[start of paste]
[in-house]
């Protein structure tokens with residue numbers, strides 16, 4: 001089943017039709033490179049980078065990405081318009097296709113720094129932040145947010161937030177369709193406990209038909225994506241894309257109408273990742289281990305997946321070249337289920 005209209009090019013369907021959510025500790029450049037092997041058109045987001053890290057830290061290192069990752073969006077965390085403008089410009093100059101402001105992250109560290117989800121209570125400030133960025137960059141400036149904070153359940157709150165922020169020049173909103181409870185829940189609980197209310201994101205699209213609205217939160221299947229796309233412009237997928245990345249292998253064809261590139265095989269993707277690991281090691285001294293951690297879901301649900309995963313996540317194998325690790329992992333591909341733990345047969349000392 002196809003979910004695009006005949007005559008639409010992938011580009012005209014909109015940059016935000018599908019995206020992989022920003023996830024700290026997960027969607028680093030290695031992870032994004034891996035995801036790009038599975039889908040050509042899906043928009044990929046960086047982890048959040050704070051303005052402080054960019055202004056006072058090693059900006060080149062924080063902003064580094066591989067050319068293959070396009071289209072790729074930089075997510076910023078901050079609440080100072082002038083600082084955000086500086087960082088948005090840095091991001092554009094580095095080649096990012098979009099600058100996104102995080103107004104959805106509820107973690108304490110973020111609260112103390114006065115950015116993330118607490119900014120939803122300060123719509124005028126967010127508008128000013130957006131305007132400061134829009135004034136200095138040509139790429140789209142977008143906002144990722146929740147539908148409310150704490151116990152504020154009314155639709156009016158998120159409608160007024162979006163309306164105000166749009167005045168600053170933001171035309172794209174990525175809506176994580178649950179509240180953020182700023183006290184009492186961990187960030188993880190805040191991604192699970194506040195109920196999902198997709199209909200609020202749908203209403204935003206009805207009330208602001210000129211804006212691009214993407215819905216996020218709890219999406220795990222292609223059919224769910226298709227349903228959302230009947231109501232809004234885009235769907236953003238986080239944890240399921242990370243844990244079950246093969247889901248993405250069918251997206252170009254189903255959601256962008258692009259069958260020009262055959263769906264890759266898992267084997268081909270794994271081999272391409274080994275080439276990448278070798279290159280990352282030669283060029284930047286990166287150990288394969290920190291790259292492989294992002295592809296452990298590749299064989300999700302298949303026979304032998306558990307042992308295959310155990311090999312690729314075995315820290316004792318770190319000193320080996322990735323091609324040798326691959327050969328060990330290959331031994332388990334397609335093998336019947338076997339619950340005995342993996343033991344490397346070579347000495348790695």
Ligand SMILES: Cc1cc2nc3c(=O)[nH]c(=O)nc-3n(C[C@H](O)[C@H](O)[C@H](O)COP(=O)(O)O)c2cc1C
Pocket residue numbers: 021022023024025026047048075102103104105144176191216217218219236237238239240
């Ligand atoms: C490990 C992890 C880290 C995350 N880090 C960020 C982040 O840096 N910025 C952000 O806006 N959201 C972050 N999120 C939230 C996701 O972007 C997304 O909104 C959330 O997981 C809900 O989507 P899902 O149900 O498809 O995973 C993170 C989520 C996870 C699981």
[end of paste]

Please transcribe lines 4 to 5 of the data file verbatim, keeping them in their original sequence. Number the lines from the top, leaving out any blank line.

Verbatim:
Pocket residue numbers: 021022023024025026047048075102103104105144176191216217218219236237238239240
């Ligand atoms: C490990 C992890 C880290 C995350 N880090 C960020 C982040 O840096 N910025 C952000 O806006 N959201 C972050 N999120 C939230 C996701 O972007 C997304 O909104 C959330 O997981 C809900 O989507 P899902 O149900 O498809 O995973 C993170 C989520 C996870 C699981």